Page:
Our idea of the public has been informed by political and social constructions ever since Greek antiquity. It was in its apparent heyday in bourgeois society that the term “public” was defined by a whole range of social exclusions. Under the post-war era’s systemic pressure to consume, the notion of a bourgeois public disintegrated and its communicative space became mythical, i.e. “a secondary semiological system in the Barthesian sense” (Habermas).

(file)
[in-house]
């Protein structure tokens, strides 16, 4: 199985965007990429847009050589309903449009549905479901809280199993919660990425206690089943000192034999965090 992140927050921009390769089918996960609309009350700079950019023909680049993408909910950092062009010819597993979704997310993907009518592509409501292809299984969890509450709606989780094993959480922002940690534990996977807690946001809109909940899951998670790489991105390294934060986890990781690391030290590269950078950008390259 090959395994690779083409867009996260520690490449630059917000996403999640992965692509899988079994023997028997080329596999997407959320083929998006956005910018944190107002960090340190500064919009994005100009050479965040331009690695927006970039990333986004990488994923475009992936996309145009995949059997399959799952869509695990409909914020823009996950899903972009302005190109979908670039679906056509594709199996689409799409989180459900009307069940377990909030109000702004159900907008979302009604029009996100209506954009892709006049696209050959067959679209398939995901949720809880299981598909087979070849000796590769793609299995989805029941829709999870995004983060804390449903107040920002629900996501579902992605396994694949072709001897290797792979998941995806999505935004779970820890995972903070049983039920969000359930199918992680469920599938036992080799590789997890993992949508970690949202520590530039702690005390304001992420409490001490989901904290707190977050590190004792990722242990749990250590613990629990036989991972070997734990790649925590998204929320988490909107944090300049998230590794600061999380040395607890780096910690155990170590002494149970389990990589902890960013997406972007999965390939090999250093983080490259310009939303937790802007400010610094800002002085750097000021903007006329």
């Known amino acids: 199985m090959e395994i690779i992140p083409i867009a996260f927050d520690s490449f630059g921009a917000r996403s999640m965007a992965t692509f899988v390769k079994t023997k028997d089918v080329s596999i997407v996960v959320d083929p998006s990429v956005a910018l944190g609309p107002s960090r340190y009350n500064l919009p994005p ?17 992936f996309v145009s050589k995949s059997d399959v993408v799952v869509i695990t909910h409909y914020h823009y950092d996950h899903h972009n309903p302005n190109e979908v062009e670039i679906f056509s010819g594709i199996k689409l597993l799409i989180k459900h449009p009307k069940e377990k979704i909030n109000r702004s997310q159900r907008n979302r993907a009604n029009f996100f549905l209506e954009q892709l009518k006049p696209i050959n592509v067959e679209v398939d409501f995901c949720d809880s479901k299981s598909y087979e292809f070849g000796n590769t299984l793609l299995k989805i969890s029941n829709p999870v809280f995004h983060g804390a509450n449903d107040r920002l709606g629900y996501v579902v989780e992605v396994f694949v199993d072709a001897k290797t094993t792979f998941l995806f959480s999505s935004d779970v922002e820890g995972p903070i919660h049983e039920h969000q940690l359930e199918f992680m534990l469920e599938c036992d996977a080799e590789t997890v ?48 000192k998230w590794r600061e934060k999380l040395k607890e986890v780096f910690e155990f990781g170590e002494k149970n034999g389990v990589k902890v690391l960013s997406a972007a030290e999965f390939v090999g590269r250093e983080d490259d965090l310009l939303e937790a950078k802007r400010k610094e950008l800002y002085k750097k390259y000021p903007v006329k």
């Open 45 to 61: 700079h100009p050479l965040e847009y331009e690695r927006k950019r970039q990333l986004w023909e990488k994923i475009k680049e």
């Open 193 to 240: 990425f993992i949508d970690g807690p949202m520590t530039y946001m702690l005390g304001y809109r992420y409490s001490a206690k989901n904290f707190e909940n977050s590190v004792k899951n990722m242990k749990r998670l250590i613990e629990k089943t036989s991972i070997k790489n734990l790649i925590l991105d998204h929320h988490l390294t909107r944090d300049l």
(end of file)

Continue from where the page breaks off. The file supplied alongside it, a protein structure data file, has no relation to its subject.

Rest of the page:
The question today is what (public) effect art can achieve in this situation.
- Söke Dinkla (DE) studied Art History, Literature, Anthropology; 1994 grant of the DAAD for the USA; 1996 Ph.D. on the history and aethetics of interactive media art. Curator at the Wilhelm Lehmbruck Museum, Duisburg. Since 2005 she is Artistic Director of the European Capital of Culture Office RUHR.2010 Duisburg.
Full text (PDF) p. 116-117